Russian authorities tolerated the music videos of zombie babushkas and Goth maidens, even as the ghoulish songs racked up millions of hits on YouTube. But when the Moscow-based electronic music duo IC3PEAK ventured into politics with their latest track, “Death No More,” their troubles began.
In the comically macabre video, lead singer Anastasiya Kreslina describes setting herself on fire on the steps of a Russian government building, indulges in a piece of raw meat at Vladimir Lenin’s tomb and plays patty-cake with her partner, Nikolai Kostylev, while they sit on the shoulders of two riot policemen in front of the Lubyanka secret police headquarters.
“In my gold chains, I’m drowning in this swamp,” Kreslina sings. “My blood is purer than the purest drugs.”
The members of IC3PEAK (pronounced “ice peak”), who describe their work as “audiovisual terror,” had crossed a line.
In December, when Kreslina and Kostylev arrived in the Siberian city of Novosibirsk to give a concert, police detained them right at the train station. No charges were pressed, but the pair was held long enough to miss their gig.
Half of IC3PEAK’s concerts on the duo’s last tour through the Russian provinces ended up being cancelled after pressure from local authorities.
The crackdown on a new generation of Russian musicians began in late November, when Dmitry Kuznetsov, a 25-year-old rapper known as Husky, was prevented from performing in the southern city of Krasnodar. His arrest set off a wave of protest by fellow rappers that eventually came to the attention of Russian President Vladimir Putin.
Kreslina of IC3PEAK says the government lacks a sense of humor. She says their scandalous new video is essentially political satire.
“It’s a descriptive video, we’re not revealing anything new in it,” she says. “We’re just saying out loud what people would like to say but are afraid to. We’re describing the state of mind of a person of our generation, who really has nothing to look forward to and can’t expect any changes.”
Kreslina and Kostylev are both in their mid-twenties.
Kostylev says that young people who may not have cared about politics before are now paying attention because their music is being targeted.
At the heart of the generational clash is the digital connectivity of Russian youth versus the largely offline existence of their elders, who spent their formative years in the Soviet Union, where the government controlled everything from the way young people dressed to the kind of music they listened to.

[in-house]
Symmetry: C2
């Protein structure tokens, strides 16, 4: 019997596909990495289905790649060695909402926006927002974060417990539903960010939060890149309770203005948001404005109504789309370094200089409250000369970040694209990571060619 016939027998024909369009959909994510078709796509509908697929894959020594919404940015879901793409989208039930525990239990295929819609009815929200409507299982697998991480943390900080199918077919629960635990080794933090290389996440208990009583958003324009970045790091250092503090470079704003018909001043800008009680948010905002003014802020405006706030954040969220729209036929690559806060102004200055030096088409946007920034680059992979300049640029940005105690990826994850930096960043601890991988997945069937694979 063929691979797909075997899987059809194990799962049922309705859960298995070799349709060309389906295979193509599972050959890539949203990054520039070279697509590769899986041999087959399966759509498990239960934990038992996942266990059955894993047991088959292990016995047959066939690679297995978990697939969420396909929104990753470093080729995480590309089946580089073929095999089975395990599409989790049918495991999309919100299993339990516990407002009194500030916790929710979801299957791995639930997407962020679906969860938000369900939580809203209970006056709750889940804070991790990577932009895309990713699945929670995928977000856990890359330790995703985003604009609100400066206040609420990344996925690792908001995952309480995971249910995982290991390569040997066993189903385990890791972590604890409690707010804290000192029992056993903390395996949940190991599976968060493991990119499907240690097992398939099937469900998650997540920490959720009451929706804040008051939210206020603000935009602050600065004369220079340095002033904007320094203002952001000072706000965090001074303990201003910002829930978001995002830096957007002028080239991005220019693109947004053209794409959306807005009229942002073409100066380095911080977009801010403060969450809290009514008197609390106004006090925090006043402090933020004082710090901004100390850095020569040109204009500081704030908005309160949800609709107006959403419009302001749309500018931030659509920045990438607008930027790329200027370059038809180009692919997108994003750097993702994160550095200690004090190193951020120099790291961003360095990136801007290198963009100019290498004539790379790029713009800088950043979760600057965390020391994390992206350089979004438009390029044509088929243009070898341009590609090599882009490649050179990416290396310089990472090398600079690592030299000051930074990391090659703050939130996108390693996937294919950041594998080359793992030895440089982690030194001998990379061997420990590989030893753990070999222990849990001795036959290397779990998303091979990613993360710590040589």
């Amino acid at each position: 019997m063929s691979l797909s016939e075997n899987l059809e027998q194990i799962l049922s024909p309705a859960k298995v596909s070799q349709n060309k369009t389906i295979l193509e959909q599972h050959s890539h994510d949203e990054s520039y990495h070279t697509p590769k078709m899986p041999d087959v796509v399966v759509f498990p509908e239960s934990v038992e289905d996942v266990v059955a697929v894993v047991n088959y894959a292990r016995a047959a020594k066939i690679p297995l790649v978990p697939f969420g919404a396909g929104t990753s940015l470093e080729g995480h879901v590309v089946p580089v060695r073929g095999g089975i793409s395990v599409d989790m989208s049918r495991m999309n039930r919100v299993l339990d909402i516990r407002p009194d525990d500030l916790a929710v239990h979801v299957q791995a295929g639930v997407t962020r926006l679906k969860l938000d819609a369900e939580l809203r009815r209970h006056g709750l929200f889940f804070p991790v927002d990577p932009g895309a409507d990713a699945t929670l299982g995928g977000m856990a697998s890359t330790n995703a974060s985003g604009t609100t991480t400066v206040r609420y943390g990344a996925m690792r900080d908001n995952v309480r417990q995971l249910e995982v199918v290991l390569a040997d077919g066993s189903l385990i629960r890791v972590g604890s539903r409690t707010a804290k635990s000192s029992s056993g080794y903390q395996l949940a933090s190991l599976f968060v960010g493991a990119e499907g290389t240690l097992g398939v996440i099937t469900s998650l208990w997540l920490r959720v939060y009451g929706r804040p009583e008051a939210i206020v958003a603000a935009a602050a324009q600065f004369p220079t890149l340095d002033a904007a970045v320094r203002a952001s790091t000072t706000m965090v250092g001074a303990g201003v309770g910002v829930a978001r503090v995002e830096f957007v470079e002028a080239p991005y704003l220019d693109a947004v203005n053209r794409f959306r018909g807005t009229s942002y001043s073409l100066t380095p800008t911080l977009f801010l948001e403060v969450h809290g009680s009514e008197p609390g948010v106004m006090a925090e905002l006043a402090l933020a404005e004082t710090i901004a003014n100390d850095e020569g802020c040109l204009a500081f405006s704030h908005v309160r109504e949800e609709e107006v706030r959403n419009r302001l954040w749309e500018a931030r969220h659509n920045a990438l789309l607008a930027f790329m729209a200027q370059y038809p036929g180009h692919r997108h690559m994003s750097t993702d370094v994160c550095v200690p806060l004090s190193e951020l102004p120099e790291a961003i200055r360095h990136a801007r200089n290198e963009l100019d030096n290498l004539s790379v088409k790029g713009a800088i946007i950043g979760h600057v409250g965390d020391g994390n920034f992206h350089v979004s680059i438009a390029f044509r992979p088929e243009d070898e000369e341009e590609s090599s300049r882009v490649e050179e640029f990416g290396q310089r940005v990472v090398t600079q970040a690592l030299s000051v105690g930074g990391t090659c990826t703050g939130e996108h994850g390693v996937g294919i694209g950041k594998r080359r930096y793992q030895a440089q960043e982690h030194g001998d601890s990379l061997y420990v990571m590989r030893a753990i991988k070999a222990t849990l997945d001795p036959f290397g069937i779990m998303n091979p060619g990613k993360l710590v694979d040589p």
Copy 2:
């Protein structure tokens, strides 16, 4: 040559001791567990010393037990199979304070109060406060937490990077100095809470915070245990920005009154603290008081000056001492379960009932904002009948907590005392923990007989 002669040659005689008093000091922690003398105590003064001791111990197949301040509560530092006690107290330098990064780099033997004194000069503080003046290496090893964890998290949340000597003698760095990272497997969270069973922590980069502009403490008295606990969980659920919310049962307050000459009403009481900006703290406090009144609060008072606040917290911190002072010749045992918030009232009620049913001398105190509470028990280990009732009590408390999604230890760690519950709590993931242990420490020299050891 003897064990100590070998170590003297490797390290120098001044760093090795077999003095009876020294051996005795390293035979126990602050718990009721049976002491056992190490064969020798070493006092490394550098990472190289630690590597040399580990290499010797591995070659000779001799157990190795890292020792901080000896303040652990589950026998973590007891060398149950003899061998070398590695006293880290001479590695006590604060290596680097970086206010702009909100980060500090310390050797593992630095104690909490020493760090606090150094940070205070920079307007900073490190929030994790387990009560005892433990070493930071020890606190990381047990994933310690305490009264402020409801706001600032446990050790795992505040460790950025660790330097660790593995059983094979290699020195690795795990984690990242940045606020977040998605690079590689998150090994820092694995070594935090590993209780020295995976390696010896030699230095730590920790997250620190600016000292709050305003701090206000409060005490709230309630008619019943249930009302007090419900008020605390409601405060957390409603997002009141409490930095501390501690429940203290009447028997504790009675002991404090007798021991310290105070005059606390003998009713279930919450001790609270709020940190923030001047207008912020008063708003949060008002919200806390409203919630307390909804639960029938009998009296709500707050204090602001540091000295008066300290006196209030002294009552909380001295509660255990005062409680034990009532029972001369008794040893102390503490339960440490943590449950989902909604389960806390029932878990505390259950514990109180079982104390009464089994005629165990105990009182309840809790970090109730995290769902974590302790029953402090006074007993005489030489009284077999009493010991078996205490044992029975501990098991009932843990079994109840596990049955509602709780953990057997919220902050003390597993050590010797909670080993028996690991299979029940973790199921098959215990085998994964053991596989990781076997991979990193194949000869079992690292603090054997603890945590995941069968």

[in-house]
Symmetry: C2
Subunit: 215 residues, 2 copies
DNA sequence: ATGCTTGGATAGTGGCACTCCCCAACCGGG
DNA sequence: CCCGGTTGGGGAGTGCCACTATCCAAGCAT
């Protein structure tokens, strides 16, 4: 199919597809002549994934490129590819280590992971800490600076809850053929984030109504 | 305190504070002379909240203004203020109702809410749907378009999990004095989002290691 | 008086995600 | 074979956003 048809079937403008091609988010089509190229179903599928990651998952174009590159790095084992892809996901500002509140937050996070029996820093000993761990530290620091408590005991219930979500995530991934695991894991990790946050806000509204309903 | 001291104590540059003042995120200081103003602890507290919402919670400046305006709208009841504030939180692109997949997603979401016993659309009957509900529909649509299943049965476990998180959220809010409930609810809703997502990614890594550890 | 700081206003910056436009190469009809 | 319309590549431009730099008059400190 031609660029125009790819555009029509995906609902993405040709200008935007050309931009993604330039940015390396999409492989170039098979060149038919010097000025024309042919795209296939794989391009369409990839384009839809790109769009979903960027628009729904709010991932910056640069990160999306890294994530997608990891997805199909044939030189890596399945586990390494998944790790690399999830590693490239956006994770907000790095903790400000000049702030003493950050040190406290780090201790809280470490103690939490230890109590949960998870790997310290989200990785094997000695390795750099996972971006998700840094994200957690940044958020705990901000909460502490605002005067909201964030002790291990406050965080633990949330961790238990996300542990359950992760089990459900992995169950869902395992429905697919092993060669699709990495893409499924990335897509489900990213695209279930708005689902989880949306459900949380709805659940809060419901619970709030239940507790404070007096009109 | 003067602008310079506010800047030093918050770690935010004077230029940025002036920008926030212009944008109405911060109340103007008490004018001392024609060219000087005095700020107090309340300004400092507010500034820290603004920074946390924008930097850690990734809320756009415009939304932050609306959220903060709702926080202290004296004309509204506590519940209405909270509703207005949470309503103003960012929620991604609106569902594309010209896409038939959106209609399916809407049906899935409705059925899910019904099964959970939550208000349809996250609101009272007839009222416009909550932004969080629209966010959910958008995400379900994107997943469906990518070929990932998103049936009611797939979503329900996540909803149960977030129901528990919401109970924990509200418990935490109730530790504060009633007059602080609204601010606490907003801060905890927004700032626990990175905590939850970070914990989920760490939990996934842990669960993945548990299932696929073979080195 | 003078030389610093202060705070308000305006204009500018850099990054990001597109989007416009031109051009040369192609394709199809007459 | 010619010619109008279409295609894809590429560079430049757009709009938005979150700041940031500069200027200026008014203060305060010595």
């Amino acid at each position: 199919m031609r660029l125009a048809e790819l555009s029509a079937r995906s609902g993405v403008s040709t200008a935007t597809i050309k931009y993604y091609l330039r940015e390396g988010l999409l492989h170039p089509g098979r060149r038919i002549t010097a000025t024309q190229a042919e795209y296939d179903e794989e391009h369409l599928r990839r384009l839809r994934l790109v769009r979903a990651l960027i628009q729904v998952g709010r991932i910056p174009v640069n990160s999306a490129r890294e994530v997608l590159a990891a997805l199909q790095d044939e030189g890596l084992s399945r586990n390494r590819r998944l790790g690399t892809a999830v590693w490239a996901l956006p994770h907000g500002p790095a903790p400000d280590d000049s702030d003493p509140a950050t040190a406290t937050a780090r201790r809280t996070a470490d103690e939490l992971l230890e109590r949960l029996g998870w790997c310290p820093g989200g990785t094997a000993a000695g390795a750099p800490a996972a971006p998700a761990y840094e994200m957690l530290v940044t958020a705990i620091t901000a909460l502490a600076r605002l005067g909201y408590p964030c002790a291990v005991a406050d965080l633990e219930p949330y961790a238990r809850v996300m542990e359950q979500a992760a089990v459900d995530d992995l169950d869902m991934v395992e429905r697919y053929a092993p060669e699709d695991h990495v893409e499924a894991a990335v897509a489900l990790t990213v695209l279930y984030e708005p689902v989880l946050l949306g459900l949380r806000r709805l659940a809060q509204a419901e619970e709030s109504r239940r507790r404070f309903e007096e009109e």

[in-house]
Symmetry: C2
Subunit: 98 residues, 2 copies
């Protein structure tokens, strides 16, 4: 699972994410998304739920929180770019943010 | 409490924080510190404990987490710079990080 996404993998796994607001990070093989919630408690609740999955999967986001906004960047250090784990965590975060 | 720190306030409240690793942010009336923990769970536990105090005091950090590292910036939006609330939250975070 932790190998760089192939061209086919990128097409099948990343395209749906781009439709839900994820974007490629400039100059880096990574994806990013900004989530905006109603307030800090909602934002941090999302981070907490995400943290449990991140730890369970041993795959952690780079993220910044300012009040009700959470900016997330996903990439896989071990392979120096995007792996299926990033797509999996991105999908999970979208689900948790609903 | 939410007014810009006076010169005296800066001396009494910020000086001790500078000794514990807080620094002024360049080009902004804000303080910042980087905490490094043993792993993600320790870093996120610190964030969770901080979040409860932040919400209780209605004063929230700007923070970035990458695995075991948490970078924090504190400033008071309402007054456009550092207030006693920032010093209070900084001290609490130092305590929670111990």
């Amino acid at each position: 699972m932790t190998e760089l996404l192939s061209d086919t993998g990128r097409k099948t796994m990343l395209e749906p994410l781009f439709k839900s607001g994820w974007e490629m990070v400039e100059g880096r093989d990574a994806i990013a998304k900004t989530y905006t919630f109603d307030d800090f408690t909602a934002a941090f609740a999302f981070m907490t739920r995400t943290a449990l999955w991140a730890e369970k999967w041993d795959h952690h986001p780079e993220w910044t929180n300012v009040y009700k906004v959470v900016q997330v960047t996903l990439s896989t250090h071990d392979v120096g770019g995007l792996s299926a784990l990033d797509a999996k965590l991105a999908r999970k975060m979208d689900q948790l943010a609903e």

“We all watch YouTube, listen to the same American rappers and follow the same TV shows,” Kostylev says. “We have a lot in common with people our age around the world. I’m more like some guy my age in Mexico than my neighbor who’s two generations older.”
Kostylev might as well have been speaking about Putin, who is 66 and famously analog.
The president made his first comment on the banned concerts during a meeting with cultural leaders last month.
“If it’s not possible to stop something, then you have to lead and guide it,” Putin said. “The worst you can do is suppress it, because you’ll get exactly the opposite effect.”
How to deal with the first generation of Russians born after the collapse of communism is a growing headache for the Kremlin. While older generations still watch state-run TV channels, young people are increasingly forming their views and expectations via the Internet.
Two years ago, Russians were surprised when young protesters turned out en masse for anti-government demonstrations, called for by opposition leader Alexei Navalny, who communicates directly with his supporters via YouTube and Twitter.
“Many young Russians are alienated because they feel their government doesn’t respect their rights and is limiting their opportunities,” says Yelena Omelchenko, a sociologist at the Higher School of Economics in St. Petersburg.
“There’s been a breakdown in communication, as if there were two parallel worlds,” she says. “The government still follows a post-Soviet policy of regulation and tries to control processes which are pointless to try to control.”
Omelchenko’s research shows that young people in Russia’s largest cities are already culturally oriented toward Western Europe and follow global trends. Attempts to regulate Russia’s youth culture are bound to fail, she says, because it is too diverse and beyond any control.
Kostylev can confirm that observation after the outpouring of support when their concerts were cancelled. “We returned home from our last tour with new inspiration,” he says. “Our fans really want to do something and change something for the better.”
The duo doesn’t want to reveal whether their next video will touch on politics again.
“No, it could be something really nice and bright,” Kreslina says.
“With kittens and little kids and Putin as the sun,” Kostylev adds.